Figure 2: (a) XPS survey scan for PbS deposited at 30 min and (b and c) XPS high-resolution spectra for sample prepared S 2s and for Pb, respectively.

The peaks at ~225.5 eV (Figure 2(b)) is corresponding to S 2s. Reiche et al. [30] found that the S 2s (225.4–225.8 eV) peak shifts are size related, and the higher oxygen amount is bonded to the Pb but not to the S atoms.

The peak at 142.0 eV (Figure 2(c)) is assigned to the binding energies of Pb 4f5/2, which is in good accordance with data obtained in literature [31].

3.2. XRD Study

Figure 3 shows XRD pattern of PbS films deposited for different times, and all reflected peaks with (200) preferential orientation can be indexed to the cubic structure of PbS with lattice parameters , and it shows that small peaks (111), (220) (311), and (222) correspond to 26.10°, 43.22°, 51.20°, and 53.62°, respectively, in good agreement with the PDF database (number 78-1054). The two small peaks at 34.1° and 47.5° are due to the stainless steel 304 holder. It has been observed that the intensity of the peaks increased and the crystallization of PbS thin films were improved with increasing film thickness, similar to other reports [12].

Figure 3: (a) XRD pattern of PbS thin film and (b) grain size evolution with film thickness deposited on glass substrate for different times.

The intensity of the XRD (200) peak gets stronger with deposition time indicating the increase of the film thickness as shown in Figure 3(a). Grain size has been deduced from XRD pattern using Scherrer’s formula [32] for (111), (200) (220), and (311) orientations. It was found that the crystallite size increases with increasing the thickness (Figure 3(b)).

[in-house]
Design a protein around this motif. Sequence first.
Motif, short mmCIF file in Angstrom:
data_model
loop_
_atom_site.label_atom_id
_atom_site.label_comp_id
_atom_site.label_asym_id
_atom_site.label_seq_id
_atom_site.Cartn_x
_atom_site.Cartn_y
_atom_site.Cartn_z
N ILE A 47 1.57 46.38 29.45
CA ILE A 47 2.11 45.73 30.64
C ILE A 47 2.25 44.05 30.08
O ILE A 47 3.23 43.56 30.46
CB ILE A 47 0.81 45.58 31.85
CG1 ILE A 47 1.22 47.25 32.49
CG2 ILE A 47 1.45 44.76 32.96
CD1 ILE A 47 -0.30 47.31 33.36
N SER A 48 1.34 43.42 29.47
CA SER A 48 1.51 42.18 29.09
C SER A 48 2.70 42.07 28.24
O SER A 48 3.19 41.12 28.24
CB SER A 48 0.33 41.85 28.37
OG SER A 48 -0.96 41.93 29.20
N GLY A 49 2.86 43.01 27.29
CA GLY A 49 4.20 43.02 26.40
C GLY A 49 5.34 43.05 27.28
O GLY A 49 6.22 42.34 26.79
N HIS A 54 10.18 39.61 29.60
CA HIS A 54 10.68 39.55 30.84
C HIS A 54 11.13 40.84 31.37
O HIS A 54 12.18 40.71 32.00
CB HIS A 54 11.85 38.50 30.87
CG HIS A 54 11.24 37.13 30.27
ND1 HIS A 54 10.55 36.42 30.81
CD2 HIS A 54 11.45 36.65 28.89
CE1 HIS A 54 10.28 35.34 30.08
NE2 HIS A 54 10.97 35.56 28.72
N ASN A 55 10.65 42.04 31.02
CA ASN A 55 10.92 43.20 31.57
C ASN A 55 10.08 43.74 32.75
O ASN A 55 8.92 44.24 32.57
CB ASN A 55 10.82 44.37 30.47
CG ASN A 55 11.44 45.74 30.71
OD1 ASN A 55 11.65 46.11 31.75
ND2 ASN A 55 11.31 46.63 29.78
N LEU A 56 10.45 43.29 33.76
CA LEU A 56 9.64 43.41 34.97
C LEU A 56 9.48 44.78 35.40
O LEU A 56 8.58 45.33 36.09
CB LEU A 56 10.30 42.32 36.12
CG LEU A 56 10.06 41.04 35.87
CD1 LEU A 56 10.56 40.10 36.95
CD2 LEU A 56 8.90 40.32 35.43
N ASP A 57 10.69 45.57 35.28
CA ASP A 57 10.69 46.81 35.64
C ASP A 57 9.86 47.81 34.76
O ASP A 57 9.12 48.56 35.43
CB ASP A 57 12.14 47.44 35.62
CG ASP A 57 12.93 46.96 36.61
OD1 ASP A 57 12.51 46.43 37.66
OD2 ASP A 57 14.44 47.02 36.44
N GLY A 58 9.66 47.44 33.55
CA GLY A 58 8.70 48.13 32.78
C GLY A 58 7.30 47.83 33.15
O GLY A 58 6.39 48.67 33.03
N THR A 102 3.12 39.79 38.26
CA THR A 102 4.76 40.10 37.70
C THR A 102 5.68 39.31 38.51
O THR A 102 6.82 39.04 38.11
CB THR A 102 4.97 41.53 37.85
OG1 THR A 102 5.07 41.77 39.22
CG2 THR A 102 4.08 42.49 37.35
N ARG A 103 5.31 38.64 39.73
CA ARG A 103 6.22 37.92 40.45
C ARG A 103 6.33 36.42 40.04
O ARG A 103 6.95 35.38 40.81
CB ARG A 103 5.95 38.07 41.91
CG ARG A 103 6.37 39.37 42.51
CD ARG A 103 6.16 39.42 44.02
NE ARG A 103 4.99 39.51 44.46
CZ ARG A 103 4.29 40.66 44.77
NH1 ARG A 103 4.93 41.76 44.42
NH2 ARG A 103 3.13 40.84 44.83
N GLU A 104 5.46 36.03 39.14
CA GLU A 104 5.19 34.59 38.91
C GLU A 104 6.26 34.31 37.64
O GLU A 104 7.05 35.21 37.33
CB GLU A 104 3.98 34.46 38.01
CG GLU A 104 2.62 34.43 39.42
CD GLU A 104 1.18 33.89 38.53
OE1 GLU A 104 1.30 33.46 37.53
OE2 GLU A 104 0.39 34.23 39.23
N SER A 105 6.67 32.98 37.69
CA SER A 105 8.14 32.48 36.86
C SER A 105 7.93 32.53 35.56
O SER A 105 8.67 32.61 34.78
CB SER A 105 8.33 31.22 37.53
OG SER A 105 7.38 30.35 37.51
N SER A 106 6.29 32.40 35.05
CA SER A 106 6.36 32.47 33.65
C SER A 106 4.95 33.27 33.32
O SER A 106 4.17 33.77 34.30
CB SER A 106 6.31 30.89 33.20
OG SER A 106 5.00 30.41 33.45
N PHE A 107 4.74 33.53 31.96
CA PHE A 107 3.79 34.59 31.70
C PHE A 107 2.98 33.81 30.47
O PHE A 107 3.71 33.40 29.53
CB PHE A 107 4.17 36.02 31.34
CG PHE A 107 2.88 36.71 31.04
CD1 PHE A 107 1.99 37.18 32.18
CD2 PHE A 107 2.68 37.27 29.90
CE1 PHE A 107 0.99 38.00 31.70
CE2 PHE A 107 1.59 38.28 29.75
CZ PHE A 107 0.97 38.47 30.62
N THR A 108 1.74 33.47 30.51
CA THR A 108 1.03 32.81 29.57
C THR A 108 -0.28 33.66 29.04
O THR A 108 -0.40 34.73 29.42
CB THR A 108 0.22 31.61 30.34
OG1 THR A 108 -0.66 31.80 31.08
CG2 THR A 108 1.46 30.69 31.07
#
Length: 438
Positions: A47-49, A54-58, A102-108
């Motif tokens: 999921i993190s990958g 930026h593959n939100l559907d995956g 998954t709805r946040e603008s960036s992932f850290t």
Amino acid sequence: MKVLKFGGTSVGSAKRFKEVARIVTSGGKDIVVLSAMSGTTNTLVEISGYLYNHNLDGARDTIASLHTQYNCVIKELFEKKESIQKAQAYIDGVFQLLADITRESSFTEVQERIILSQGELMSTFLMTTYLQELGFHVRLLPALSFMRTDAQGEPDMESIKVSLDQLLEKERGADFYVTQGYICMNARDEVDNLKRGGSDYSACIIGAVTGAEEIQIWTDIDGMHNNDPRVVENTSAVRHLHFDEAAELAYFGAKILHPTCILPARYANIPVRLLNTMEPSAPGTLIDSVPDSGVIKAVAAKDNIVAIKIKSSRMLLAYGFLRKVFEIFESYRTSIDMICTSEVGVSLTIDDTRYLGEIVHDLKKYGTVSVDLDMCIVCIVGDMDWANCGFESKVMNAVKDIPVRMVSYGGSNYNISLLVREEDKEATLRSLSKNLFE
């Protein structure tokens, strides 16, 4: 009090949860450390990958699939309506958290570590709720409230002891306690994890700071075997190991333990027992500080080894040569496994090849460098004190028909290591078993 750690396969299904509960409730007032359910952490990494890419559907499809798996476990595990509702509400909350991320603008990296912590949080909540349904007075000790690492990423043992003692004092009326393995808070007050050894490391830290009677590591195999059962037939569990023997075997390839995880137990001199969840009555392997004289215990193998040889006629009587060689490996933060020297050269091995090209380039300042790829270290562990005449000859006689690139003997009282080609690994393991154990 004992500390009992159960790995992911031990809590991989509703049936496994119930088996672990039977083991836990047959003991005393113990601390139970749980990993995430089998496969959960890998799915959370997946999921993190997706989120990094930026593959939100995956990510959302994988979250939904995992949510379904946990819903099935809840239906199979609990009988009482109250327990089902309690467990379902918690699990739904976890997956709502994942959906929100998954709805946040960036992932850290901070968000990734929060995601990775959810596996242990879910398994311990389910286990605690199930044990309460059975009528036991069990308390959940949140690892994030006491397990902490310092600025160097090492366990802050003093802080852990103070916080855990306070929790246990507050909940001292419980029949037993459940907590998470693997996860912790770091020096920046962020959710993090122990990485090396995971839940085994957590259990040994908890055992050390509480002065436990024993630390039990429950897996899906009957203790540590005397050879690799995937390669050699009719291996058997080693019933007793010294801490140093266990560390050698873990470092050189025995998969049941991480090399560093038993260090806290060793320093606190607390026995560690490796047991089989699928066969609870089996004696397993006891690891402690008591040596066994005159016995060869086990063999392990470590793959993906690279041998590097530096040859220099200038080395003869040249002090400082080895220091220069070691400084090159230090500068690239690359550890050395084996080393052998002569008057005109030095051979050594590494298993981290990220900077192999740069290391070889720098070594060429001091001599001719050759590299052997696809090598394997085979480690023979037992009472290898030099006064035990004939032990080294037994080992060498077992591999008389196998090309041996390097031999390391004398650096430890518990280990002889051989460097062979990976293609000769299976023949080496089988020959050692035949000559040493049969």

The grain size for the (111) peak increased from 10 nm to 27 nm with increasing thickness, whereas the grain size for the (200) peak increased from 26 nm to 47 nm. This behavior is in agreement with other studies [11]. This means that the thicker films have less defect concentrations (bigger grain size and fine grain boundary). The behavior of increasing the resistivity with average grain size agrees with other reported work [33] but does not agree with other studies of ZnS film deposited by ultrasonic spray pyrolysis [19, 20]. The increase in the film thickness leads to an improvement of the crystalline quality. This is attributed to the strain in the film introduced during the deposition [34], that is, the thicker films suffer less strain than the thinner ones. This comes in a good agreement with our results where thicker films have lower stress value and better quality.

3.3. SEM and AFM Study

This kind of texture and growth was found in all samples under investigation and confirmed the analysis already presented. The morphology of the films deposited at a certain time depends mainly on the deposition rate, pH, concentration, and speed of the substrate rotation [35].